Levy Hideo (Ian Hideo Levy, 1950–) is known as the first white American novelist to write in Japanese. His novel A Room Where The Star-Spangled Banner Cannot Be Heard: A Novel in Three Parts, which was just published, tells the story of Ben Isaac, a blond-haired, blue-eyed American youth living with his father at the American consulate in Yokohama. Chafing against his father’s strict authority and the trappings of an America culture that has grown increasingly remote, Ben flees home to live with Andō, his Japanese friend. Andō shows Ben the way to Shinjuku, the epicenter of Japan’s countercultural movement.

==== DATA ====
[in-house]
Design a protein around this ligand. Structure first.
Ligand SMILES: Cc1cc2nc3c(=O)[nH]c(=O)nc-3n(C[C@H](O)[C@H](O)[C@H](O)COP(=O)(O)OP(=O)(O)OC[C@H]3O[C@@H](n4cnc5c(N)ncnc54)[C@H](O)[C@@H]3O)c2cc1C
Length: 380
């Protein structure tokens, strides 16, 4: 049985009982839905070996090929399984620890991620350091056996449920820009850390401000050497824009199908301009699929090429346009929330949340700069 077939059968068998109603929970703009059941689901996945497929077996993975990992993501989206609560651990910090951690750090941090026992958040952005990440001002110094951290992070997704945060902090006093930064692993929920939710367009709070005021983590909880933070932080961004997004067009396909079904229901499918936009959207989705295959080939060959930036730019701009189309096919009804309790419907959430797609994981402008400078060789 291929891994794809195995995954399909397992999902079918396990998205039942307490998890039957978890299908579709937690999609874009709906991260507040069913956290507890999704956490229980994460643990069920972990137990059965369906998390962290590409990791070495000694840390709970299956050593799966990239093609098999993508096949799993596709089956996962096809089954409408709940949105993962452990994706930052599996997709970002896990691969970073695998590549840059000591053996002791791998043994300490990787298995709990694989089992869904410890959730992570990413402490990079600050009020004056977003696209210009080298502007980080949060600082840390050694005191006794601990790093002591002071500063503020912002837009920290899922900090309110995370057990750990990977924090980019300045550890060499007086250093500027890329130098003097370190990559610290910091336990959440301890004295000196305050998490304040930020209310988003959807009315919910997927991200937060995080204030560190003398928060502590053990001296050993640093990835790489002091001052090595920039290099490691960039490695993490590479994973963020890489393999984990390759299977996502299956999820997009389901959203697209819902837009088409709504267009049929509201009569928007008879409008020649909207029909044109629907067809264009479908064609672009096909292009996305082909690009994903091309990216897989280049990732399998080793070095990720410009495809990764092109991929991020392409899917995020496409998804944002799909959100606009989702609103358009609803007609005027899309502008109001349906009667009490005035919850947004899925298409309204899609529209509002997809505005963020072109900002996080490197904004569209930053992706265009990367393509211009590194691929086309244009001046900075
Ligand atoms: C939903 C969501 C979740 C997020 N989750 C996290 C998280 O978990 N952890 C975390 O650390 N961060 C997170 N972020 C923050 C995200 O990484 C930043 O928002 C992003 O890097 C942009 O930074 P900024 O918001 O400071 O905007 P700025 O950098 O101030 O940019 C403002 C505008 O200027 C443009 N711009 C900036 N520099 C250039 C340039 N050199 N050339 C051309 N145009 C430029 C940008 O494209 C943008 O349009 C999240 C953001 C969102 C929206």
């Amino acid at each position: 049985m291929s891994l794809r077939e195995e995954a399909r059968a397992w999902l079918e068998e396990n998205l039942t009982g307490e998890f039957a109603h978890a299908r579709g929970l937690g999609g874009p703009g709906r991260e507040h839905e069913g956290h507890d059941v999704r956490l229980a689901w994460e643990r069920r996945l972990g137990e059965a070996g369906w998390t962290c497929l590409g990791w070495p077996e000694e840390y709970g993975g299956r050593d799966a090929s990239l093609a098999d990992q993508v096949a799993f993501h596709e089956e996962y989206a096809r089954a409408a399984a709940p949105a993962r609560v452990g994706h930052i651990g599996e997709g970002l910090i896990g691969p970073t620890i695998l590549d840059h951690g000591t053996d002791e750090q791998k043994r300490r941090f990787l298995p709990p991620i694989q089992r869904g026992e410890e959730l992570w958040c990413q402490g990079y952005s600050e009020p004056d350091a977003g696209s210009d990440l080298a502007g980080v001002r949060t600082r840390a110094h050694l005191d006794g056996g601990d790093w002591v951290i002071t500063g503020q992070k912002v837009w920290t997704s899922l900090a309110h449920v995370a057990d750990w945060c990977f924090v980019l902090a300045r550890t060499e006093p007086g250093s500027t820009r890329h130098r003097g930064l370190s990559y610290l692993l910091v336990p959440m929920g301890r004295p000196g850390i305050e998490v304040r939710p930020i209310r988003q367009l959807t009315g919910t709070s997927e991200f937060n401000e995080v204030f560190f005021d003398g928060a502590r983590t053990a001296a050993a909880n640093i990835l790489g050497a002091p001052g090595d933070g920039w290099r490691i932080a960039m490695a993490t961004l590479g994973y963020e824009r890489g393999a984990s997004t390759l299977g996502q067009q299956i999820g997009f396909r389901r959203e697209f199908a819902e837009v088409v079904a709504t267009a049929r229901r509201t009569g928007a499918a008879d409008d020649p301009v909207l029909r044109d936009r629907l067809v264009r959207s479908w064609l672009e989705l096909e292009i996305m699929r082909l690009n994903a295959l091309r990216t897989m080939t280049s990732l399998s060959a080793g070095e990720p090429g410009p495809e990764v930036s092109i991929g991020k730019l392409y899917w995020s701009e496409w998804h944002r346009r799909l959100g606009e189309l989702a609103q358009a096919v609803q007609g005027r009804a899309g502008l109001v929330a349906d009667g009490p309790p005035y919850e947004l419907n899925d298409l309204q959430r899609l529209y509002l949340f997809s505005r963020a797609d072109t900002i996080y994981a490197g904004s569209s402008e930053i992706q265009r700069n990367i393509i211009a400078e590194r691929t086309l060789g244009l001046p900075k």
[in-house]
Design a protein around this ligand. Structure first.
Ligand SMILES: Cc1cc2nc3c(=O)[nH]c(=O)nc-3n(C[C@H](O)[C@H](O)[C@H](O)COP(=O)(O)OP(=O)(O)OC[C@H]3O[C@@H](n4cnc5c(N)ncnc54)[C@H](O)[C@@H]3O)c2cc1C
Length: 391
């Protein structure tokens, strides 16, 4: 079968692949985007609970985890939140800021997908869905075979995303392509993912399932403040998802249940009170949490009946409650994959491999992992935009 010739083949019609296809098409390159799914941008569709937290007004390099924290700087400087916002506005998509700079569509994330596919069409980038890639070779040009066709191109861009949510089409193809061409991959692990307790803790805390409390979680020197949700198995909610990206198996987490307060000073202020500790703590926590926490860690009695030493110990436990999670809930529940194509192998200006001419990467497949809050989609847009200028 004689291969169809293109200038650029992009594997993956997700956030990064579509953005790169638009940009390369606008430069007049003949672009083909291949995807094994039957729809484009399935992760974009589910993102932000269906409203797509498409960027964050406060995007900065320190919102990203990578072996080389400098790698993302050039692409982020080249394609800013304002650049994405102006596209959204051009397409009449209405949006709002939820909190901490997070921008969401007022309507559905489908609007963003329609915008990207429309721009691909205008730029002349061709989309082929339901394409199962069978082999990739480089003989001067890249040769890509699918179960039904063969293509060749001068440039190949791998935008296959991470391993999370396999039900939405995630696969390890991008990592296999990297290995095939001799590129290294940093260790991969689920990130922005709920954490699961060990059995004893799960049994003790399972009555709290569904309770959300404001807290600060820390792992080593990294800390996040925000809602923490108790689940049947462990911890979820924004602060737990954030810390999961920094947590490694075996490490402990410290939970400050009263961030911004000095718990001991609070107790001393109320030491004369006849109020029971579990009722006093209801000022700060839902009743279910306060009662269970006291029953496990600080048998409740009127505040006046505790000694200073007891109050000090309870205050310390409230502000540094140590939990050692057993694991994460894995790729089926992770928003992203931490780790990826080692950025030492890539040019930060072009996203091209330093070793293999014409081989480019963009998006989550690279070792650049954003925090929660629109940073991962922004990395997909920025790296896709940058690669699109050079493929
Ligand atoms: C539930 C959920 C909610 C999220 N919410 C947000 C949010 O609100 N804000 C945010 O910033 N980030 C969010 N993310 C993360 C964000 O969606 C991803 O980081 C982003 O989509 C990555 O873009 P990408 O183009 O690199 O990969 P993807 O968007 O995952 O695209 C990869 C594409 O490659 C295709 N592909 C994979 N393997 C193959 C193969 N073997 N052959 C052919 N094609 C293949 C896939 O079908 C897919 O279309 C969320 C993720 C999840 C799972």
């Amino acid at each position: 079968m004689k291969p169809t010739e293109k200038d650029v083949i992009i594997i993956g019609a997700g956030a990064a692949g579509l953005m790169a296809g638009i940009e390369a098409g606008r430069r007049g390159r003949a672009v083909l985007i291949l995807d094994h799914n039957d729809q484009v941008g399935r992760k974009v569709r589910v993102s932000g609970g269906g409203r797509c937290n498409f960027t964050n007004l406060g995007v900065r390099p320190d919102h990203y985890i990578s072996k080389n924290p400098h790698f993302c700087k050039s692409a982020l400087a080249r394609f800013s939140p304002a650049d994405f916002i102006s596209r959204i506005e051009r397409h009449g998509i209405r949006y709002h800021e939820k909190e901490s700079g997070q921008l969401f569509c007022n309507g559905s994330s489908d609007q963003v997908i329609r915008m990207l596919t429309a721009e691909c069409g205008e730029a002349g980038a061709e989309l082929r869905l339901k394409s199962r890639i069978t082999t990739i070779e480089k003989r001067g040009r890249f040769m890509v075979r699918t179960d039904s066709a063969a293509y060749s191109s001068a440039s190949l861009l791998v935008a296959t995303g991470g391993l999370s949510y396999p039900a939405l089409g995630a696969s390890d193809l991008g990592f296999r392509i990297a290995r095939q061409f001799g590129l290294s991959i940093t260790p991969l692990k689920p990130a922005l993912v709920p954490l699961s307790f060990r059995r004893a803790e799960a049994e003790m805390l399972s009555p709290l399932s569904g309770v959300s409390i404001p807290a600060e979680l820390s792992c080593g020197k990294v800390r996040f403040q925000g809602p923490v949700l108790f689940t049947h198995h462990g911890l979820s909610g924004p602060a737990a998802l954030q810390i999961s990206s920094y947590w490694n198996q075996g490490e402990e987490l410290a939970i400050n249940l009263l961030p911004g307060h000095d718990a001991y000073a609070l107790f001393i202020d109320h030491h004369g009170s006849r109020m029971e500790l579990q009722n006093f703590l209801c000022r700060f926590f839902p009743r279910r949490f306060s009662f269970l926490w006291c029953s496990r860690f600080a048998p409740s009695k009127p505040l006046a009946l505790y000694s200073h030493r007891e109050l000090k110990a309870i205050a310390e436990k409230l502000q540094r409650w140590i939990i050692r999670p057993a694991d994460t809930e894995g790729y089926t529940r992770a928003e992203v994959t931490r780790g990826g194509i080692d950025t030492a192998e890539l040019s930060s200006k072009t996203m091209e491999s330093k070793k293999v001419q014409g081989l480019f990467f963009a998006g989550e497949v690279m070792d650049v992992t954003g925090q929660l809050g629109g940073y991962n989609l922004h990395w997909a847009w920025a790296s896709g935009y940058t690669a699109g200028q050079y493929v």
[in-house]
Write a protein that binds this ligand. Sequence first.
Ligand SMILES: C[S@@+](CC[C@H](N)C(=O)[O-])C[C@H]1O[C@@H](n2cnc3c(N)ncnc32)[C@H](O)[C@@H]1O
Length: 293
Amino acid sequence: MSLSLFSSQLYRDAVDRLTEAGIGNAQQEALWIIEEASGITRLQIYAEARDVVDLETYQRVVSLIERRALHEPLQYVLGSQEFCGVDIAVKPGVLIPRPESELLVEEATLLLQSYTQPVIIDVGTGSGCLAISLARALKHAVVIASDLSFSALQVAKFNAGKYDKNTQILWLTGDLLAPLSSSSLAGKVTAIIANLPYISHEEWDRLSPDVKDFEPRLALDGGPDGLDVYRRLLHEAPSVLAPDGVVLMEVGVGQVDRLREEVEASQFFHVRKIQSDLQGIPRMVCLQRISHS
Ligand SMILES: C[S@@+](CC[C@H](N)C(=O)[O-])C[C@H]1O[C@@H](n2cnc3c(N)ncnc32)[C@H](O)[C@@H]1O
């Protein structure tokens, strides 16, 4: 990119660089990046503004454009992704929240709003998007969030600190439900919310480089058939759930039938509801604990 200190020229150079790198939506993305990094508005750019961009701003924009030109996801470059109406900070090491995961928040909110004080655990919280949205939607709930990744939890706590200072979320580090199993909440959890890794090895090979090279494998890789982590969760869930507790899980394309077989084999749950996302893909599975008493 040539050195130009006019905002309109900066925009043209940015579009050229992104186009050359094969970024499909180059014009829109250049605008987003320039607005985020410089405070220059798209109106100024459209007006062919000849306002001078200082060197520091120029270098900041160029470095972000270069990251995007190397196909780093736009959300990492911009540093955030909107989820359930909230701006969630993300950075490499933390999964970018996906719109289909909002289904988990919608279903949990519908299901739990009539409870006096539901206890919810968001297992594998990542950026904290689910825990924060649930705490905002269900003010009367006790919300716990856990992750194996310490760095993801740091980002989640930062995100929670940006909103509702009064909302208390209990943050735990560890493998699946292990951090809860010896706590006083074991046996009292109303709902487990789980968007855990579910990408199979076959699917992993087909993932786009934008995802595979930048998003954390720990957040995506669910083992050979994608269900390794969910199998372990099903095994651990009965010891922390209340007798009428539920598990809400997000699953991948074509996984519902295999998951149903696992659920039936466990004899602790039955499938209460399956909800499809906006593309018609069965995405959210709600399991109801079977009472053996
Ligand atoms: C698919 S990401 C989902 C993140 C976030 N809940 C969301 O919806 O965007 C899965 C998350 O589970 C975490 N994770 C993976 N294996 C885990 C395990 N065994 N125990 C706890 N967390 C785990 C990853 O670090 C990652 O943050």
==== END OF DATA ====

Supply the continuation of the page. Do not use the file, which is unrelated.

Levy was born to a Jewish American father and a Polish immigrant mother, he became an assistant professor of Japanese literature at Princeton University at twenty-eight. In this talk given at Stanford, Levy discusses language and identity of a writer as well as the difficulties and rewards of gaining the privilege of writing in the Japanese language as a culturally foreign writer.